Letter From New Orleans
Wright Thompson
9 de January de 2012, 5:06 PM
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college football point spread sheets. The crew made a ton of bets and later, riding in a campaign parade, the advisors updated the governor on scores, so that the narration went something like this:

(To waving supporters): How's your mama and dem?

(Under his breath to the crouched advisors reporting bad news in the game): Goddamn! Son of a bitch!

He might have been shady, but he was fun. Famously, when he beat Duke, one of his bumper stickers said, "Vote for the Crook: It's Important." He also authored the two greatest quotes in the history of American politics:

1. (On an opponent) "The only way I'm losing is if I get caught in bed with a dead girl or a live boy."

2. (On David Duke) "We're both wizards in the sheets."

Even when he walked out of the courtroom after being found guilty, he smiled and offered a one-liner to reporters. "The Chinese have a saying that if you sit by the river long enough, the dead body of your enemy will come floating down the river," he said. "I suppose the feds sat by the river long enough, and here comes my body."

Then he crossed Main Street in Baton Rouge. Traffic came to a halt. Horns blared. And one woman leaned out the window and yelled in support, "You go, Governor!"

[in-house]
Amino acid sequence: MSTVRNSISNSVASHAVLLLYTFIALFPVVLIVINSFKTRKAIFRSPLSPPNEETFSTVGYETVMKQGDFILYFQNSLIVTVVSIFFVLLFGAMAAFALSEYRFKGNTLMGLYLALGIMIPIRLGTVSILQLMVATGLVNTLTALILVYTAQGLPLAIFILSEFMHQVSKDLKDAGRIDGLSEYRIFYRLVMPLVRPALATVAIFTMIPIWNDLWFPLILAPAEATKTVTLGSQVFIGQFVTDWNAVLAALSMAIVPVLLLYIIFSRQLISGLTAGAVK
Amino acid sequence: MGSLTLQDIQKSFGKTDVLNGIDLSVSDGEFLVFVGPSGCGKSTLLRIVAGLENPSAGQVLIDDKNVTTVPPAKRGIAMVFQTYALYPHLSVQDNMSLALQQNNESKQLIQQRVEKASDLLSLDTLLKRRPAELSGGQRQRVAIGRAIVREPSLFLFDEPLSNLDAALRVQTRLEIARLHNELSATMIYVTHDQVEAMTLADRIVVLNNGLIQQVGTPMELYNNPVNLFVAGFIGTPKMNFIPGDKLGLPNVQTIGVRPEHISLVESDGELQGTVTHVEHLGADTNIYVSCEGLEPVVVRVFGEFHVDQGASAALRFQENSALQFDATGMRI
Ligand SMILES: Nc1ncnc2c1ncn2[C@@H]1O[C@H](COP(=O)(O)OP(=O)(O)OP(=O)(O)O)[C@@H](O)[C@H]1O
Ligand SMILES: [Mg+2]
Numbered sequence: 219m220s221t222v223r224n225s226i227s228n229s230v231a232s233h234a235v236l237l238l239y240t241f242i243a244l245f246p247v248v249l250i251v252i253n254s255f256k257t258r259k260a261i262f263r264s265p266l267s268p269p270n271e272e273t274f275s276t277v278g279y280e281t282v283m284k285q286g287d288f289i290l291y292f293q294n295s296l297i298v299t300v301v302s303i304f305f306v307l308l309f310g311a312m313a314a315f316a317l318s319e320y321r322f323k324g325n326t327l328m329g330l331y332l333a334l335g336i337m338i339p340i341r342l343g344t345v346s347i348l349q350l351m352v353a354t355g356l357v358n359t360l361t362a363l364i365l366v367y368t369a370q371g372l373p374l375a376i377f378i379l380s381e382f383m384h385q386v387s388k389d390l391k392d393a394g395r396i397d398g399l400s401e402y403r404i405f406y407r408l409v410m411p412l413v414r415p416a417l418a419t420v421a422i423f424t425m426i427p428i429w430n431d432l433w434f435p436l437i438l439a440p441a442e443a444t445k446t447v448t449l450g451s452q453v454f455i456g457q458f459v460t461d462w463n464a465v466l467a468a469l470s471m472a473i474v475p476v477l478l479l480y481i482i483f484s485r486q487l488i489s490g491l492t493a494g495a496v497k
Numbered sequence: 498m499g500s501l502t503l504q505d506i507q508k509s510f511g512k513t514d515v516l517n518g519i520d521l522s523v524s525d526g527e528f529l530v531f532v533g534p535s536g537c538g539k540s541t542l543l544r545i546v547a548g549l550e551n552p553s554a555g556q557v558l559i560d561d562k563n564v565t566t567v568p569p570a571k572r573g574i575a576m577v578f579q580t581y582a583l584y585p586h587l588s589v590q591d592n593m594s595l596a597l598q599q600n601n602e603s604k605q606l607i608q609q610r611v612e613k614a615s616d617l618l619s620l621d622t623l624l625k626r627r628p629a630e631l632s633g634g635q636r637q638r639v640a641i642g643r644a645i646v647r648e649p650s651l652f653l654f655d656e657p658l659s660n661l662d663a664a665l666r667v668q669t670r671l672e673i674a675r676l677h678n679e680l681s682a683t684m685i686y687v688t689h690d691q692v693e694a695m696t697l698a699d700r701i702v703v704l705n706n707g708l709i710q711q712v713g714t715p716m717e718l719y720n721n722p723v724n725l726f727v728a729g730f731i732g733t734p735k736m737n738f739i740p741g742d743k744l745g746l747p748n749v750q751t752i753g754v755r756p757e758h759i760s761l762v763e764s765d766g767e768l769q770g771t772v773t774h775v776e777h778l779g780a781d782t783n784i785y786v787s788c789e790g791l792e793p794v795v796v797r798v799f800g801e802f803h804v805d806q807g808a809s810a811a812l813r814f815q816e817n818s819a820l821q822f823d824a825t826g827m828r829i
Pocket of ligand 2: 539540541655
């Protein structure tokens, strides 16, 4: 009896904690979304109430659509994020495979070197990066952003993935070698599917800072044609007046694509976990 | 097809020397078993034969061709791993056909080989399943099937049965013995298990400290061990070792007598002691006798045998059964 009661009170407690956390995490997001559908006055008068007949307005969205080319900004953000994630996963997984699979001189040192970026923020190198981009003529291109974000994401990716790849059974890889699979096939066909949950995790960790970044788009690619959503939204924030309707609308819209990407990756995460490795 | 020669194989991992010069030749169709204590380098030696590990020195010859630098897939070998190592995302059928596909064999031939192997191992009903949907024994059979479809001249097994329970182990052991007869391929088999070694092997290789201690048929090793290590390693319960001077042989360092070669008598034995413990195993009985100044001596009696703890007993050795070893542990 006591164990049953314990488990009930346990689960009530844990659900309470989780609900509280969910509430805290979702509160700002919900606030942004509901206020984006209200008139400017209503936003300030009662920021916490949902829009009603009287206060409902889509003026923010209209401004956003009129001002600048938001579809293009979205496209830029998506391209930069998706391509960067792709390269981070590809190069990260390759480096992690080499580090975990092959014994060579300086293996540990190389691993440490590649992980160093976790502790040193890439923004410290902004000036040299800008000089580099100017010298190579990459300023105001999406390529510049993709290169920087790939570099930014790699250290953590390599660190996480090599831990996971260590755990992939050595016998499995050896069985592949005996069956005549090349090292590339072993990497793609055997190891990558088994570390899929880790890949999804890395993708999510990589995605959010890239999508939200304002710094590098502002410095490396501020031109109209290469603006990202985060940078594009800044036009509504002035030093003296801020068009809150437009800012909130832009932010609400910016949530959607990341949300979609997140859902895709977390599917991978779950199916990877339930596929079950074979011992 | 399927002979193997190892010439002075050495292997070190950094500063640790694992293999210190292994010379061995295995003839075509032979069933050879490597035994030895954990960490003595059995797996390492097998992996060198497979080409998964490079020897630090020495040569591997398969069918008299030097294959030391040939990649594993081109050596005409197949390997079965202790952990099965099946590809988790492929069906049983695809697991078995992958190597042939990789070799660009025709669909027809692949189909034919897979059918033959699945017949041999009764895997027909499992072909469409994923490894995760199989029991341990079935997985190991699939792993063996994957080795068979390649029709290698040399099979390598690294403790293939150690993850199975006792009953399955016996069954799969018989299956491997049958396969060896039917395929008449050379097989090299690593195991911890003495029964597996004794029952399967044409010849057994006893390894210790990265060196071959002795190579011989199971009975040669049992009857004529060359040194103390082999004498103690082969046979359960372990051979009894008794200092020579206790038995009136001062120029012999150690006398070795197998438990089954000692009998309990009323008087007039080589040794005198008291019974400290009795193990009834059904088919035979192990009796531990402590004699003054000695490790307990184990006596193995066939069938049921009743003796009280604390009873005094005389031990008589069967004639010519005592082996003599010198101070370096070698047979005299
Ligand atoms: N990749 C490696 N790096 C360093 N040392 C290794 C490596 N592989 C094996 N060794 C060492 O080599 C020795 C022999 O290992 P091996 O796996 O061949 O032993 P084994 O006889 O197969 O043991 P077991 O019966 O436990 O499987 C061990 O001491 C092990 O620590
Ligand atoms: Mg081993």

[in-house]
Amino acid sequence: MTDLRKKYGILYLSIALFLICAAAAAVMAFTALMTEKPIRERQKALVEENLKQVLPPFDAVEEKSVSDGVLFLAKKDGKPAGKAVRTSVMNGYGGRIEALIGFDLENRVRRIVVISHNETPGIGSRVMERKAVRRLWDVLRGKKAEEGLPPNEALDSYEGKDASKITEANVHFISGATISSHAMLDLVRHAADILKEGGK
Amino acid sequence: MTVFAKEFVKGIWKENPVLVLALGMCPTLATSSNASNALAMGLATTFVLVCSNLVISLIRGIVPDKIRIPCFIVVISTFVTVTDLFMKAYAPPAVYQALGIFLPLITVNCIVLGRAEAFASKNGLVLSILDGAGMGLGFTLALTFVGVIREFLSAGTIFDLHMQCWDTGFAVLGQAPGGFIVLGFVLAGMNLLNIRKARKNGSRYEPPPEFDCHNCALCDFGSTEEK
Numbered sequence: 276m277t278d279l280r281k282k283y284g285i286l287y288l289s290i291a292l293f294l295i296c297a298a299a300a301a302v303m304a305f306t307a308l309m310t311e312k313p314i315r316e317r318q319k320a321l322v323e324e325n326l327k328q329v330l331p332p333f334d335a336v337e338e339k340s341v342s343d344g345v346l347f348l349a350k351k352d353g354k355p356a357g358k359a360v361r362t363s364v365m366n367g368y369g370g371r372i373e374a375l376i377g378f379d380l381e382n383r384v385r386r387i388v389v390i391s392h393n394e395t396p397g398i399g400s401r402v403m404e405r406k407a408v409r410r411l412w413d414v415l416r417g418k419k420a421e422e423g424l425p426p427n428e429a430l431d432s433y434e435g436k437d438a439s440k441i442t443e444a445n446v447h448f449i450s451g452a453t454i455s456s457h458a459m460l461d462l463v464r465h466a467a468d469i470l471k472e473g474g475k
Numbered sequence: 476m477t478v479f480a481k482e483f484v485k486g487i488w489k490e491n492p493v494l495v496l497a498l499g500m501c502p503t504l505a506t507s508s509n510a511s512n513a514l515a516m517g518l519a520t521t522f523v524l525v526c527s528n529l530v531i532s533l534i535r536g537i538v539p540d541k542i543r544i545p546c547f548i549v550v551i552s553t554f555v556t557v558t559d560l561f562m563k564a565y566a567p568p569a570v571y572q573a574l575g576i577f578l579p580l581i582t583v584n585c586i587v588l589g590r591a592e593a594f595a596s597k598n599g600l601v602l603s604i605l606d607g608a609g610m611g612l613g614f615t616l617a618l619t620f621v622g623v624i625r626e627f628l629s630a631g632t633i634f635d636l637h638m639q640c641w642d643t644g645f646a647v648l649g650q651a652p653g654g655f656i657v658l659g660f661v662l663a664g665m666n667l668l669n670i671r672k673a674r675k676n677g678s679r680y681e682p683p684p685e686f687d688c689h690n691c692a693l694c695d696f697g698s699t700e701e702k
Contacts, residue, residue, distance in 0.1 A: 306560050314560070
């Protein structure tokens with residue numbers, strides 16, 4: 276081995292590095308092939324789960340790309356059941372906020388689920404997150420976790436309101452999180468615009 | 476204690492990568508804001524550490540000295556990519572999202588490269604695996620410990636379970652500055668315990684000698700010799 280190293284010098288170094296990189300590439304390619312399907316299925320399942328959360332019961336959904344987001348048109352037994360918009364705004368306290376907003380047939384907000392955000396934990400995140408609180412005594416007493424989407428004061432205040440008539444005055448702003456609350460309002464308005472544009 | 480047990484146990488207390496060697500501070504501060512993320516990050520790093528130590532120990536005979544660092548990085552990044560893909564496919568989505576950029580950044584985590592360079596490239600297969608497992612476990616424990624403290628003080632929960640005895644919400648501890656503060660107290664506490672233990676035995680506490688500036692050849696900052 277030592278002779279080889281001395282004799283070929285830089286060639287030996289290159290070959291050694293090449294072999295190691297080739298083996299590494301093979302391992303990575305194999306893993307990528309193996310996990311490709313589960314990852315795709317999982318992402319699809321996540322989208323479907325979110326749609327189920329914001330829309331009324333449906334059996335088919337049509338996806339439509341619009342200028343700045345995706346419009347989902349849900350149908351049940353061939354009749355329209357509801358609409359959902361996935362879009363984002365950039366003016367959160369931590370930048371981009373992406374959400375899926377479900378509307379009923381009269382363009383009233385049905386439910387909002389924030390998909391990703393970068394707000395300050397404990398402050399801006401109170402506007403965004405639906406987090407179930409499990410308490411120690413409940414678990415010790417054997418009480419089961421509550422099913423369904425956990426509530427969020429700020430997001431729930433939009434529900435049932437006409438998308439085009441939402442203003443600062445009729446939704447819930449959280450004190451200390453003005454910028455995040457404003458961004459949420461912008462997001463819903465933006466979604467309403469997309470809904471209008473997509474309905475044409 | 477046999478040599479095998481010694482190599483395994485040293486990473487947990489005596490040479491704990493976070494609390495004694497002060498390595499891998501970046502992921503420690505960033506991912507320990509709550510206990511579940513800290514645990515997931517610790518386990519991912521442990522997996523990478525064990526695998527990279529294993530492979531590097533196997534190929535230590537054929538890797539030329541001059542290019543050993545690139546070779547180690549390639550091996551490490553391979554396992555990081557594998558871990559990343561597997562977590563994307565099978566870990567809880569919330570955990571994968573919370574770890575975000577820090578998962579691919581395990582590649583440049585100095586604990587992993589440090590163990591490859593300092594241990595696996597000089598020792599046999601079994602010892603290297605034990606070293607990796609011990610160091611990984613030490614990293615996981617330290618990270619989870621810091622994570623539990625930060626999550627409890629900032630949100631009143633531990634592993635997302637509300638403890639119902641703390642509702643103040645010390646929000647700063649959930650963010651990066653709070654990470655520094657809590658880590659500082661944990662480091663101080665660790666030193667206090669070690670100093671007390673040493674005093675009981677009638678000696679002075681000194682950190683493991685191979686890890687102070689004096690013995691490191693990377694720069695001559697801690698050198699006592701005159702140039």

Floating around the kitchen as Edwin and I talk LSU football is his new wife.

"I'm Trina Edwards," she says with a smile.

I'm gonna be as respectful as I can here. She's a 32-year-old bombshell. She's hot. Not hot for someone married to an old guy. Not trashy hot, or country hot. Just plain hot. She wrote him a letter in prison after reading his book, and they began visiting. He likes to joke about the other inmates jockeying at the window to see her walk across the parking lot. Since this is Edwin, he's got a killer line for their courtship, too, which he's trotted out for New Orleans reporters: "I thought she was coming to visit me, but I think she thought she was entertaining the troops."

They got married in New Orleans, and when the pictures ran in the paper, old friends and foes alike nudged each other, as if to say: Ol' boy's still got it. In that picture, and a lot of them since, he looks giddy.

"He's out of jail," Carville says. "He's got a young wife, and he's having fun."

Trina's Facebook status updates about the circus of their daily life, from RV trips to Edwin watching Chris Rock, are a captivating read. Much better than a reality television show, which this seems destined to be. What's astonishing, though, are the comments people leave. Friends ask if he can get pardoned so he can run against Jindal. There are "Edwin for President" T-shirts for sale. Just out of prison, he's functioning as if it never happened. There is this deep reservoir of love and nostalgia, even from people whose politics differ from Edwards. They miss having a character as governor.

"Huey Long populism never died," says Anderson, the Times-Picayune political reporter, "it found a late 20th-century hero in E.W.E. ... He has a hard-core following, and based on the cuts the state has undergone in recent years, Jindal's ideologue approach to conservative values, and Blanco getting killed by the inept response following the 2005 hurricanes, a lot of folks look at E.W.E. as emblematic of 'the good ol' days.'"